The real stuff goes down at Tales of the Cocktail, the bar industry’s major annual gathering in New Orleans; any bartender worthy of the title is there. “You’re gonna find events where it’s set up like a nightclub and there is an unlimited amount of alcohol,” says Dauermann. “It’s free. You’re gonna find houses that are rented out by brands where there’s an unlimited amount of alcohol for free. Notice a trend? And when you give someone unlimited access to something that makes them feel good, of course they’re going to say yes! And if you put me in a room full of people who are nodding approvingly that it’s okay, that it’s in fact endorsed; when the comfort zone you’ve created is one in which ‘Yes’ is the appropriate answer, it’s much harder to say ‘No thank you.’”
It’s the same story at bar anniversary parties—which, in New York, a city with dozens and dozens of high-end cocktail bars, happen seemingly every week. The liquor’s all free, and you have near-infinite access. It’s a situation ideal for facilitating alcohol abuse and dependency. Add to that, you’re surrounded by your peers at these events, and it’s considered “cool” to go hard, to be the one who can drink the most; the peer pressure can reach unbelievable levels.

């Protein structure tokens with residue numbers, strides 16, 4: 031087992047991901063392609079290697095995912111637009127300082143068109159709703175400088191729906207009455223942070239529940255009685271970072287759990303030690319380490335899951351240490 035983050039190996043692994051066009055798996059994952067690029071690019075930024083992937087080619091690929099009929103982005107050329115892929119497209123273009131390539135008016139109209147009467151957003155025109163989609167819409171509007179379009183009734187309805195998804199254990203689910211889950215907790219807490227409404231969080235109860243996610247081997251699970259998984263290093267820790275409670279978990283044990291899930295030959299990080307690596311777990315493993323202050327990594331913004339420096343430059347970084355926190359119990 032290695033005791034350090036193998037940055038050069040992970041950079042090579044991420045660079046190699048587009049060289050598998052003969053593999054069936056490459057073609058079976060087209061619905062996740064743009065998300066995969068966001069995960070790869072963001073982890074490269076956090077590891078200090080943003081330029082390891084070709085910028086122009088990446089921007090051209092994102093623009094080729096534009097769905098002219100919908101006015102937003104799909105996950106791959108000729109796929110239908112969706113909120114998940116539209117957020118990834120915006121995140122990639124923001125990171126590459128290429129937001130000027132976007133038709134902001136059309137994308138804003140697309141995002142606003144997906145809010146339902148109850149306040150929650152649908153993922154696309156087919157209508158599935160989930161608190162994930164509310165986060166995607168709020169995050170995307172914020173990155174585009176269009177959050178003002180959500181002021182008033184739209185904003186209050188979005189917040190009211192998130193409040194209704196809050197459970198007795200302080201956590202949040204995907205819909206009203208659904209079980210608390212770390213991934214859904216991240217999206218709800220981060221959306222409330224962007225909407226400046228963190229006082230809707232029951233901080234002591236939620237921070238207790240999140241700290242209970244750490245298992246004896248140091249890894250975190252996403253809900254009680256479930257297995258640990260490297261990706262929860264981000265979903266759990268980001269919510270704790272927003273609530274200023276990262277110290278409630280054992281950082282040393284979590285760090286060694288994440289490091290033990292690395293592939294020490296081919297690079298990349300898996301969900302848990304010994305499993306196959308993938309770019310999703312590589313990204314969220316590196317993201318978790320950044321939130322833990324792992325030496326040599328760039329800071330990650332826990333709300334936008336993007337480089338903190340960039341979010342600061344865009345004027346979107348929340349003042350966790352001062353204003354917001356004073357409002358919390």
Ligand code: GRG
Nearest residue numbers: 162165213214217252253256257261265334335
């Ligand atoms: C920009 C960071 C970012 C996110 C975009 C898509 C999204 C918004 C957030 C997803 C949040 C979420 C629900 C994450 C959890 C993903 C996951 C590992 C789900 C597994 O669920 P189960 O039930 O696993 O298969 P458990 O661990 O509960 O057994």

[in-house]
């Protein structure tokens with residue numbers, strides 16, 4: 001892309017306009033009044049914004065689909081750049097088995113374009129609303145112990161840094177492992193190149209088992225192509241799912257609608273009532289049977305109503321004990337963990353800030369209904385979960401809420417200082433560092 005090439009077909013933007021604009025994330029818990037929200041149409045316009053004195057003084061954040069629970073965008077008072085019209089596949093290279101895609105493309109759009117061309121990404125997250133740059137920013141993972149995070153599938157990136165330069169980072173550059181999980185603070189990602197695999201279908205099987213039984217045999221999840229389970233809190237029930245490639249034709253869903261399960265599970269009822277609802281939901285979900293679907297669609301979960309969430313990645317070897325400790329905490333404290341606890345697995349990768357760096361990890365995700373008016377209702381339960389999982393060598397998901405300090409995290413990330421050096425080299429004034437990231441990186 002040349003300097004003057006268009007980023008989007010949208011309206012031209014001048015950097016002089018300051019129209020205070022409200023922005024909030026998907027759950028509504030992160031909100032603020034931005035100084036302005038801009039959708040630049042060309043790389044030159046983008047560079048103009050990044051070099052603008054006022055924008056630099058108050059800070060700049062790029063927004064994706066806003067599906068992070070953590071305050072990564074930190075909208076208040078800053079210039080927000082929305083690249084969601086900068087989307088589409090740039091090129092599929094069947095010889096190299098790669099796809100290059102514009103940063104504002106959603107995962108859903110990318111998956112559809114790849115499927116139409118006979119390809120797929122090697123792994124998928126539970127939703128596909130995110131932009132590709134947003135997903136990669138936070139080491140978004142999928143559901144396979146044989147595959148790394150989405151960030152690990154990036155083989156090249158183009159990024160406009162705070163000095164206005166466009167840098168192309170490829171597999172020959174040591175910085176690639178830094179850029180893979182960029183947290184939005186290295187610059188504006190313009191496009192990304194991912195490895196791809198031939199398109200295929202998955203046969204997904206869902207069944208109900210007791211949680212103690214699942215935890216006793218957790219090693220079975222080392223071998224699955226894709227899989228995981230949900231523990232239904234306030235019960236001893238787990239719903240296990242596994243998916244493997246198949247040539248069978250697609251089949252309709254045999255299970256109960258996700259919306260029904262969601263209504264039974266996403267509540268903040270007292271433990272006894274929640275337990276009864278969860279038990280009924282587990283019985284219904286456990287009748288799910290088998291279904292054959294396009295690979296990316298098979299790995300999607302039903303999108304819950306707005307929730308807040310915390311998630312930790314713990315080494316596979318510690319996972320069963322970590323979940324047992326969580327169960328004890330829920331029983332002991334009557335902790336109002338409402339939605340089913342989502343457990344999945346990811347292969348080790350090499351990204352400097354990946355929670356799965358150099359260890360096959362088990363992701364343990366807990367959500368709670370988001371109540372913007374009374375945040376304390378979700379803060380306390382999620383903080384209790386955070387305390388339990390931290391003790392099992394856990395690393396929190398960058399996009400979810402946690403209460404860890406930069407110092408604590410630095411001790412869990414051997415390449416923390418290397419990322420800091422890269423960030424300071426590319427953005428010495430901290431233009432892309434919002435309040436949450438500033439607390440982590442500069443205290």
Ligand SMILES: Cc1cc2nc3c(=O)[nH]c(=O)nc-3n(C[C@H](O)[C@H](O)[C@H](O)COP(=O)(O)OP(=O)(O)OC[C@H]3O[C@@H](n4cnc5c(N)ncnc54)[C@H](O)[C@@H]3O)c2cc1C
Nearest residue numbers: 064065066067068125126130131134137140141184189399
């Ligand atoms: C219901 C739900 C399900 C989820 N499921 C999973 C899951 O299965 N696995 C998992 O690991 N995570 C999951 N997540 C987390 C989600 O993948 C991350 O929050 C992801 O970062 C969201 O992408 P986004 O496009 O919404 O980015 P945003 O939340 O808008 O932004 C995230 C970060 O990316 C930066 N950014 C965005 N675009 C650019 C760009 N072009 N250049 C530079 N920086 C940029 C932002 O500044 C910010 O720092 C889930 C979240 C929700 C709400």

This frustrates the bartenders who’ve taken a step back and are now looking at the industry’s partying from the outside in. “We’re at a point now where there are people who are dying and having serious medical issues, and it’s not funny,” says Kearns. “It never has been, the whole making light of heavy drinking and encouraging it to any extent. It’s not funny, it’s not cute, it’s not cool. It’s a serious thing and it’s not something that people should do every day.”